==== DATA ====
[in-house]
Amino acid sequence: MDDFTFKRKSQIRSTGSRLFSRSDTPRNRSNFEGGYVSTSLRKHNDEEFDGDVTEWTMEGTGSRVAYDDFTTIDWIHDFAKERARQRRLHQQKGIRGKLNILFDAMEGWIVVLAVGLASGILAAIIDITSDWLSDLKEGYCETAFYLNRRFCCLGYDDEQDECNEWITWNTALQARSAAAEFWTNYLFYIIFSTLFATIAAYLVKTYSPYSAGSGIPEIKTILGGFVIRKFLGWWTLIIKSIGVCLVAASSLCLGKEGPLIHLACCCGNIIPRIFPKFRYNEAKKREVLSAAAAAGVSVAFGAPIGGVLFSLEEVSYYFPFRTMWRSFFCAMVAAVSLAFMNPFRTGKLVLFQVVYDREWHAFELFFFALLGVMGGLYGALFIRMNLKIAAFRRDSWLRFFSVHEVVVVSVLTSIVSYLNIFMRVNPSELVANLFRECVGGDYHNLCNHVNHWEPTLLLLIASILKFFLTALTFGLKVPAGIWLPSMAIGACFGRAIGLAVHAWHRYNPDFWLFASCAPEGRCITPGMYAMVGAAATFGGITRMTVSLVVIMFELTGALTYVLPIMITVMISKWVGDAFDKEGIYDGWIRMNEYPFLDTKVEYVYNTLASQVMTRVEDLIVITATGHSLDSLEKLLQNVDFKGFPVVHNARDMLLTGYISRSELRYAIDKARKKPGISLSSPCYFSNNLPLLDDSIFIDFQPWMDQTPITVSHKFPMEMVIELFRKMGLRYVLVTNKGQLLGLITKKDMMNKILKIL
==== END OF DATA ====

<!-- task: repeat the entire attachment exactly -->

[in-house]
Amino acid sequence: MDDFTFKRKSQIRSTGSRLFSRSDTPRNRSNFEGGYVSTSLRKHNDEEFDGDVTEWTMEGTGSRVAYDDFTTIDWIHDFAKERARQRRLHQQKGIRGKLNILFDAMEGWIVVLAVGLASGILAAIIDITSDWLSDLKEGYCETAFYLNRRFCCLGYDDEQDECNEWITWNTALQARSAAAEFWTNYLFYIIFSTLFATIAAYLVKTYSPYSAGSGIPEIKTILGGFVIRKFLGWWTLIIKSIGVCLVAASSLCLGKEGPLIHLACCCGNIIPRIFPKFRYNEAKKREVLSAAAAAGVSVAFGAPIGGVLFSLEEVSYYFPFRTMWRSFFCAMVAAVSLAFMNPFRTGKLVLFQVVYDREWHAFELFFFALLGVMGGLYGALFIRMNLKIAAFRRDSWLRFFSVHEVVVVSVLTSIVSYLNIFMRVNPSELVANLFRECVGGDYHNLCNHVNHWEPTLLLLIASILKFFLTALTFGLKVPAGIWLPSMAIGACFGRAIGLAVHAWHRYNPDFWLFASCAPEGRCITPGMYAMVGAAATFGGITRMTVSLVVIMFELTGALTYVLPIMITVMISKWVGDAFDKEGIYDGWIRMNEYPFLDTKVEYVYNTLASQVMTRVEDLIVITATGHSLDSLEKLLQNVDFKGFPVVHNARDMLLTGYISRSELRYAIDKARKKPGISLSSPCYFSNNLPLLDDSIFIDFQPWMDQTPITVSHKFPMEMVIELFRKMGLRYVLVTNKGQLLGLITKKDMMNKILKIL